Tuesday, April 23, 2013

The Things They Carried (Tim O'Brien)



Once again, I have made a detour off my list of the 105 must-read books.  I'm not sure why, really.  I heard about this book (I'm not even sure where now) and heard it described as a modern American classic.  Having taken a few months to get through "Middlemarch", I was looking for something completely different, and I figured a work about the Vietnam War would probably fit that bill.  Funny, "Middlemarch" takes place at a time when what we think of as the modern world is just beginning...the railroads are just being built, and England is starting to rapidly reform and change.  The Vietnam War, which is the subject of Tim O'Brien's "The Things They Carried", is a thoroughly modern war, even though it took place over 40 years ago now (wow, hard to believe).  Yeah, they had wars in the 1830s, but it was way different back then.  The mass slaughter of World War I was still 80 years in the future, and a war like Vietnam where the soldiers listened to rock and roll would have been unfathomable to the good folk of "Middlemarch".  But I guess that might be obvious.

"The Things They Carried" is a collection of short stories about the Vietnam War.  Like "Winesburg, Ohio" the stories are related in that the same characters appear again and again.  Here the stories are all about one company of soldiers in Vietnam, including a soldier named Tim O'Brien.  In fact, the author blurs the line between fiction and reality in this book, as the characters and incidents are based on the author's experience fighting in the Vietnam War.  Part of the point of the book is the blurring of what really happened and what is fiction.  The author says at one point that it's his right as an author to change the facts to make the story more real.  In order to convey to someone who wasn't there the true experience of Vietnam, he alters the facts to make the story pack more of a punch, to make it more visceral.  Because when he describes lying in a field of mud and shit (literally, the field was used as an outhouse by the locals), and mortar fire is raining down all around, and his best buddy dies in front of him because he sinks into the mud and shit and subsequently drowns, it's a horrifying and gripping story for softies like me who are reading the book while lying on the couch sipping on a glass of 21 year-old rye whiskey and have never been under mortar fire, let alone enemy fire of any kind, unless you count being jostled while trying to get a place at the bar.  But also, I could imagine that war, and especially this war where everyone is drafted and doesn't want to be there, is a very surreal experience...almost as if the real experience already blurs the line between fiction and reality.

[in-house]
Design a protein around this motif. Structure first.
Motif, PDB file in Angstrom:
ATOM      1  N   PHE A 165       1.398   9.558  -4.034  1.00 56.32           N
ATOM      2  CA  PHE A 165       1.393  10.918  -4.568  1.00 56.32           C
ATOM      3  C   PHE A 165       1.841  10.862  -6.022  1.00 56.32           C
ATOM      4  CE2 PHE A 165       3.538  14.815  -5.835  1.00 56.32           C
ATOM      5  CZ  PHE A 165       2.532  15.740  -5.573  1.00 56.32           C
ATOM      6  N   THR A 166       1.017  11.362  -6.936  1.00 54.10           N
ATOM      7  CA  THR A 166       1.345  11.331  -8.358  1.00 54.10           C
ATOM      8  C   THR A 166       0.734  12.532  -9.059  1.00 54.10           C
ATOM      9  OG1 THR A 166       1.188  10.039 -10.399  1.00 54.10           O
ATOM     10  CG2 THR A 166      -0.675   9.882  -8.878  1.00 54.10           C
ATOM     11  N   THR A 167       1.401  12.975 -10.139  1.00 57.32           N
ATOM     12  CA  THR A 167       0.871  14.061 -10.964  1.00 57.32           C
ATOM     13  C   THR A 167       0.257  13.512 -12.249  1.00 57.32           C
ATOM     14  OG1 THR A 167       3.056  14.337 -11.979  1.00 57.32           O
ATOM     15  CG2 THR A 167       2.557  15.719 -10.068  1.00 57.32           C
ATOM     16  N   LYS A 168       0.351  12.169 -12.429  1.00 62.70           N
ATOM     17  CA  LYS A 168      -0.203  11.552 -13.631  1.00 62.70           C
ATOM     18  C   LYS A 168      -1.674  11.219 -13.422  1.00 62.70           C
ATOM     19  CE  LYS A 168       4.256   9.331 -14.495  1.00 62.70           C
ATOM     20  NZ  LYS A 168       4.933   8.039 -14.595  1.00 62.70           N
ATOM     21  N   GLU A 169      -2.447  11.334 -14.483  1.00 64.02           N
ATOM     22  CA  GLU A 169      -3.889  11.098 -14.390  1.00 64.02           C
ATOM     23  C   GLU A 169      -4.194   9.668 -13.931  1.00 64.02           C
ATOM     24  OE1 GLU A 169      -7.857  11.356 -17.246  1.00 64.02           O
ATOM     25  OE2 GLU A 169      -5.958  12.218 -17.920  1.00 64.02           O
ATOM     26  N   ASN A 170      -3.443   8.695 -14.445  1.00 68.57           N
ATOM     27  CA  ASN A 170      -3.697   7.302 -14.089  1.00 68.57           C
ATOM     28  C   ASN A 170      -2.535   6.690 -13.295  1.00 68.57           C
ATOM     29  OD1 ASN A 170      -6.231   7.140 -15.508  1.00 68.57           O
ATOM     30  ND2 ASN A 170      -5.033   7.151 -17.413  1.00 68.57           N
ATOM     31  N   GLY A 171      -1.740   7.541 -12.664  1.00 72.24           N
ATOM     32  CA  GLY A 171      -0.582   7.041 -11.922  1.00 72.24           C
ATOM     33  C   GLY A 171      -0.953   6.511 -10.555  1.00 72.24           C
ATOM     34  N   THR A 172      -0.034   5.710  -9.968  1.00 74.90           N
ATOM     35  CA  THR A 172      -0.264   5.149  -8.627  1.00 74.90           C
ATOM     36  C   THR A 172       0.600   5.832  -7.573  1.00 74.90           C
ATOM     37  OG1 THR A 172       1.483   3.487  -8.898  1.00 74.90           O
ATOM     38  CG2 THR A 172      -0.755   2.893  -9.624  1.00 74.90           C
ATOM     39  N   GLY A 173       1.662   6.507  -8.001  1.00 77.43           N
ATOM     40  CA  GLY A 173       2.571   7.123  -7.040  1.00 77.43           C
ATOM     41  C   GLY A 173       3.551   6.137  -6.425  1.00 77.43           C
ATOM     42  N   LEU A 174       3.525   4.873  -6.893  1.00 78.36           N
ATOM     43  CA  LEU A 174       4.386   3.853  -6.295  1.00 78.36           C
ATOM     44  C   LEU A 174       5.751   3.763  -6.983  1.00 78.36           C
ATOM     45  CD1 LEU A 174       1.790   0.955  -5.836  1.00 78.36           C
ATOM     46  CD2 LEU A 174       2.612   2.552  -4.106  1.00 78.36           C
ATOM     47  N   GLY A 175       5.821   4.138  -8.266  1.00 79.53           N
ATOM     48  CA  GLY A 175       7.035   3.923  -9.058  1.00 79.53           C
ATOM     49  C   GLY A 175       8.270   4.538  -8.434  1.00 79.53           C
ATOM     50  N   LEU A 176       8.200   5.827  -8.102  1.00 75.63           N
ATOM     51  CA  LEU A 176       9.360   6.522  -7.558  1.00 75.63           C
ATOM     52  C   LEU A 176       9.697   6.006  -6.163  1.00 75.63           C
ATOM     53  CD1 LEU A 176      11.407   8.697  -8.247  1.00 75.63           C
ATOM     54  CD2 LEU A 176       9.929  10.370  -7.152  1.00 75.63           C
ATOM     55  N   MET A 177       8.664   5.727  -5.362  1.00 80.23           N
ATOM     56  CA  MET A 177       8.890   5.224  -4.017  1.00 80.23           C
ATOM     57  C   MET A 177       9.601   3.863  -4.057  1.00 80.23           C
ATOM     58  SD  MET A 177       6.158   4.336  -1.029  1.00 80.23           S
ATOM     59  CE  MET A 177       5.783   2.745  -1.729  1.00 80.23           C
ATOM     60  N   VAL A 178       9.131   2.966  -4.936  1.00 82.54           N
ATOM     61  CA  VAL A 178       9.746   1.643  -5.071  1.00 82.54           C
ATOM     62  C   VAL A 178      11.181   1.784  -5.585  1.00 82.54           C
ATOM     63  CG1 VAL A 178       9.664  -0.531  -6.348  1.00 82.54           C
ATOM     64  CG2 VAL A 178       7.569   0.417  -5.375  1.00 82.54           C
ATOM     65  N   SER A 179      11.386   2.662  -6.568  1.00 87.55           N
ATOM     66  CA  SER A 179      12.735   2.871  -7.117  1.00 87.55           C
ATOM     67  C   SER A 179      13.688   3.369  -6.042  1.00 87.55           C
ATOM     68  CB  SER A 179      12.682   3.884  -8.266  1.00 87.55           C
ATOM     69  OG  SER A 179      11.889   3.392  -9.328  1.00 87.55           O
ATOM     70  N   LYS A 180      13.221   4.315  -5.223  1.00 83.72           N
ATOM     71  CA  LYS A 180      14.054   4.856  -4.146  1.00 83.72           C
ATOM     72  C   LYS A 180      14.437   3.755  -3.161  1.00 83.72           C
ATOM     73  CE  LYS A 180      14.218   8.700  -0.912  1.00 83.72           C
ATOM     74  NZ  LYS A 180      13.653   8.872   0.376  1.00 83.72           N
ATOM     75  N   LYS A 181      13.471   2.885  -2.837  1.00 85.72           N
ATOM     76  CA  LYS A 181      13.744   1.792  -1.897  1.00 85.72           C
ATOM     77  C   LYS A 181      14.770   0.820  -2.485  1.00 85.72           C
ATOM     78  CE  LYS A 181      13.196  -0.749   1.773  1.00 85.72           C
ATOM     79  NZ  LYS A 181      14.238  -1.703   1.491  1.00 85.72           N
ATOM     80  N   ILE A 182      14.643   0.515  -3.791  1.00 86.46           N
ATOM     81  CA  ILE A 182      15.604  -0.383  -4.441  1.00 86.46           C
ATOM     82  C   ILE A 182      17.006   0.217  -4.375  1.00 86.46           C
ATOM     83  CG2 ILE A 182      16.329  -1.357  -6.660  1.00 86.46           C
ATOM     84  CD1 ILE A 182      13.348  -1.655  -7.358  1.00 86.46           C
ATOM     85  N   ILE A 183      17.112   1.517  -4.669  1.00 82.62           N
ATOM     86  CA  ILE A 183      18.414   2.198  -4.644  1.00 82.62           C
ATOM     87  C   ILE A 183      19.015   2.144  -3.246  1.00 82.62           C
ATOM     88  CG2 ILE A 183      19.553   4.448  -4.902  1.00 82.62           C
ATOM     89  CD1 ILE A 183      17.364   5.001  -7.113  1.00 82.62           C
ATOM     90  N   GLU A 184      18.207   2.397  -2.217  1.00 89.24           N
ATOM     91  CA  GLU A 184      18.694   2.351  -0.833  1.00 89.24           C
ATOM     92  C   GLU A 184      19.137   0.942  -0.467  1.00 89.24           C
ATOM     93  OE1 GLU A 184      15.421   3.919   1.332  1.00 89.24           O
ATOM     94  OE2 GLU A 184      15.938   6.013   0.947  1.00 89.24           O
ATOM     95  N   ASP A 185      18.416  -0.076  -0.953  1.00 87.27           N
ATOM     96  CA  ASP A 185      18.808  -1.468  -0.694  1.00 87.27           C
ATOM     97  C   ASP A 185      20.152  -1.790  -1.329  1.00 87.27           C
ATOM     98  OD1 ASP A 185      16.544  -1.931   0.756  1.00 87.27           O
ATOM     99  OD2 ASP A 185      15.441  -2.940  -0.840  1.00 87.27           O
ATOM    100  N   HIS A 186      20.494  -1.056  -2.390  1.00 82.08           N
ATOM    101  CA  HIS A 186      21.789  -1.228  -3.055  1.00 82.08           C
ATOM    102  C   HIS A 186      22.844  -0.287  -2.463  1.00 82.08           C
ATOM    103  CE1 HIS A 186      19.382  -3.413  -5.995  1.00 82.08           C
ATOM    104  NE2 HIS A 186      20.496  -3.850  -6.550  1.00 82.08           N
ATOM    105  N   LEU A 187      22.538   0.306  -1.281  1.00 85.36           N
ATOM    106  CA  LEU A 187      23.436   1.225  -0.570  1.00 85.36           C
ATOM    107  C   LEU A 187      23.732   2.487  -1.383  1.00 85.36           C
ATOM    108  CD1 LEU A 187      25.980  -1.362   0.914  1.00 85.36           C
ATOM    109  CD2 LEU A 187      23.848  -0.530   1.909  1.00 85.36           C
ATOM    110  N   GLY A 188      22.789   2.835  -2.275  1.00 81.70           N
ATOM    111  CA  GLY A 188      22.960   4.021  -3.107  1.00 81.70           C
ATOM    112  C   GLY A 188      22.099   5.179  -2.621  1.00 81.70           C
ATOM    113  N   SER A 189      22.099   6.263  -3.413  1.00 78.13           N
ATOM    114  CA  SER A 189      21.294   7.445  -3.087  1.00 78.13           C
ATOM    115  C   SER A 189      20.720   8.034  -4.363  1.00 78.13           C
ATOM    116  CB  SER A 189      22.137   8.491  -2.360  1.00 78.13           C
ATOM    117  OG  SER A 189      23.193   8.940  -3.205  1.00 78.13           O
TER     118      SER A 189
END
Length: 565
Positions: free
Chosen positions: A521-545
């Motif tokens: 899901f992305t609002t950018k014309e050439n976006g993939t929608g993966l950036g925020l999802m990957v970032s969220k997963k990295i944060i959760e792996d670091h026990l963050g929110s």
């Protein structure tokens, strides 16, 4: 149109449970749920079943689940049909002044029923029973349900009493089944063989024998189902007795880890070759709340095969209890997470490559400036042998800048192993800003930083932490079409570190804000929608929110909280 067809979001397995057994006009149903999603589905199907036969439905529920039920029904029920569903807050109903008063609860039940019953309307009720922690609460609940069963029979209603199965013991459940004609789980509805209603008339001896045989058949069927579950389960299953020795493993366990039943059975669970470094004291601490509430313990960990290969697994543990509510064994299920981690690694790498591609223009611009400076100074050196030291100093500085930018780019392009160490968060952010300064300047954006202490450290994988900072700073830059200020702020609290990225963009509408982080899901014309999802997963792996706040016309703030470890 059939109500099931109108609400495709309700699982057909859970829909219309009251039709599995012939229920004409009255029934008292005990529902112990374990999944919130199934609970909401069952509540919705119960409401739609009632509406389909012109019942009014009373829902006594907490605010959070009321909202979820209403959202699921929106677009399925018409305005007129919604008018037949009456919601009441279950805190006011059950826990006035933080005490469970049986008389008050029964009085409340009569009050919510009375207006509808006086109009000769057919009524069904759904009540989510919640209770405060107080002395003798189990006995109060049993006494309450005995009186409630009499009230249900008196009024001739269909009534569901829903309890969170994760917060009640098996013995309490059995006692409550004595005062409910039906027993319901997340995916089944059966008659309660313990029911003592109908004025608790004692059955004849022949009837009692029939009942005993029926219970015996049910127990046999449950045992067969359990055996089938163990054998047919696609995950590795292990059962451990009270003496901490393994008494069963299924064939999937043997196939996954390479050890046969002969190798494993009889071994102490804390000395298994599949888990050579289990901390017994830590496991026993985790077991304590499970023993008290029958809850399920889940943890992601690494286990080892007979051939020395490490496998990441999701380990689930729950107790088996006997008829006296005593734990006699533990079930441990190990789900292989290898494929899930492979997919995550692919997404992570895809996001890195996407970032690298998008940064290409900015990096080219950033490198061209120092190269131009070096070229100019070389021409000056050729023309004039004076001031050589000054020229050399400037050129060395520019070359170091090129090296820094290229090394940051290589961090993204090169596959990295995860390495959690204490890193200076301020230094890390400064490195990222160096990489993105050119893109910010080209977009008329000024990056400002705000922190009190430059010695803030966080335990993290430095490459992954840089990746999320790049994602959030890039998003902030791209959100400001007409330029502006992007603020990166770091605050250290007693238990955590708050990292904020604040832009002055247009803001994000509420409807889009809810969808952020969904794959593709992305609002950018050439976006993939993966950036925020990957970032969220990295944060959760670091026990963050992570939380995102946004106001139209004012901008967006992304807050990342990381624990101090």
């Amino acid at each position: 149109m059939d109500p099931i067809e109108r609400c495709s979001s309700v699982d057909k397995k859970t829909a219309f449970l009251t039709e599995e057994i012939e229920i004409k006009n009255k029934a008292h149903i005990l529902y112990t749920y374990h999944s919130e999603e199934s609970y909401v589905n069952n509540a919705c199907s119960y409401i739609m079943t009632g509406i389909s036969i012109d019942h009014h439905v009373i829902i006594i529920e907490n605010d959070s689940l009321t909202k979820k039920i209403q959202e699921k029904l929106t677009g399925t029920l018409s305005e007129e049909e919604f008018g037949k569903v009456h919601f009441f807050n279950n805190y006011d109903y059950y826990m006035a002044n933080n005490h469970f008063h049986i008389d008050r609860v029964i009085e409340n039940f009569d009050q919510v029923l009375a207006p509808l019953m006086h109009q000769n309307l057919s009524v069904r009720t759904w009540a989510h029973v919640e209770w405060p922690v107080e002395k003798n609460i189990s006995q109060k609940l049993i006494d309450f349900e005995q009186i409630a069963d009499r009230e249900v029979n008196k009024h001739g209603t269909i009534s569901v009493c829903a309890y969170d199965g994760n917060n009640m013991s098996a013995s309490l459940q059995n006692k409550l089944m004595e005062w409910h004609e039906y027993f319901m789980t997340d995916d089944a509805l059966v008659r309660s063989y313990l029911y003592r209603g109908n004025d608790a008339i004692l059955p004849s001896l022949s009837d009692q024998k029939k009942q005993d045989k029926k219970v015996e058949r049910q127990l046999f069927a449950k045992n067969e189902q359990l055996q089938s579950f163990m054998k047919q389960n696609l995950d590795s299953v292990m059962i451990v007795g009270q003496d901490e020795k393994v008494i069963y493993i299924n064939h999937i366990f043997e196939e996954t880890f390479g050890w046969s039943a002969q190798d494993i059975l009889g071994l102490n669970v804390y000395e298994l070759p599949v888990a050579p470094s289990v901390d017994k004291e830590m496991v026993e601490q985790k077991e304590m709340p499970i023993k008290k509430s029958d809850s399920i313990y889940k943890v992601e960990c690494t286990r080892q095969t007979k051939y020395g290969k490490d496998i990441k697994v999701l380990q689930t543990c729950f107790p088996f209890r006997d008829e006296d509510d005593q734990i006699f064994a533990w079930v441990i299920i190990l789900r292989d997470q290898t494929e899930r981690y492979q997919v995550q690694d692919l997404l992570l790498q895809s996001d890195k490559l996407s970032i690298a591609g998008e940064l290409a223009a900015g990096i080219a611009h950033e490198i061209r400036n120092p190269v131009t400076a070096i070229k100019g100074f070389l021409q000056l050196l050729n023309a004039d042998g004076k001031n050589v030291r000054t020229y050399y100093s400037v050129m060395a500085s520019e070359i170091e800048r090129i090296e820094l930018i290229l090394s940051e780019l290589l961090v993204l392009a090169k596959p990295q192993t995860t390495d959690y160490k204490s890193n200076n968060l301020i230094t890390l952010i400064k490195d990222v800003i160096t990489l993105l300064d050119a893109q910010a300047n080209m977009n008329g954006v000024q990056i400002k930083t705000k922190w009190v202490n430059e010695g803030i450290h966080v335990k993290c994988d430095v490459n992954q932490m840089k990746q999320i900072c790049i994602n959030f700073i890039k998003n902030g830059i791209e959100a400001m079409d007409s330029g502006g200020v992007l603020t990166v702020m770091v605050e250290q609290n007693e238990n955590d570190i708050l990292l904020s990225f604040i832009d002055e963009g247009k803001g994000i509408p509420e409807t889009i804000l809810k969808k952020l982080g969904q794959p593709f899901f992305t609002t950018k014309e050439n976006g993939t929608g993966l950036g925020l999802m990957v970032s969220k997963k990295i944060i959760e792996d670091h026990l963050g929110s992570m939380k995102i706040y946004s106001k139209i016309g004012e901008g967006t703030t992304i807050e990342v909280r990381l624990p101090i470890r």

The stories in this book cover the gamut of the war experience...contemplating fleeing to Canada to avoid the draft but ultimately going to war for no other reason than to save face, looking into the eyes of someone you've just killed and wondering who they were and what their life was like, watching your friends die in horrific ways, getting dumped by your girlfriend while at war, going back home and not having anyone understand how empty and alone you now feel.  But as I said, this book also deals with questions of what it means to tell these stories, of how the storyteller can viscerally impact the reader of these stories to make it more like actually experiencing them, but also how the experiences themselves sometimes make it hard to differentiate between fiction and reality.  And some of these stories are told from multiple points of views, and the stories are different from each point of view...sort of Rashomon-esque.  And it's all very meta, because O'Brien will often question his role as a writer, and his reliability as a narrator, making it harder to tell what's fiction, what's reality, and what's just him fucking with you.  It's an odd book, but a gripping one.  And it was a quick read...I plowed through it in a few days, unlike "Middlemarch" which probably no one has ever "plowed through", nor should they.  Along with Michael Herr's "Dispatches" it's probably the best book I've read about the Vietnam War.  So if you too have just read "Middlemarch" and want a change of pace, or if you just want to read a poignant modern American classic, this book fits the bill nicely.

2 comments:

Viktoria said...

This sounds so interesting I went straight to amazon and bought it. I think it was the "meta" bit that hooked me. Thanks!

Robby Virus said...

I think you'll really like it. And it's a quick read, so if you don't it won't last long.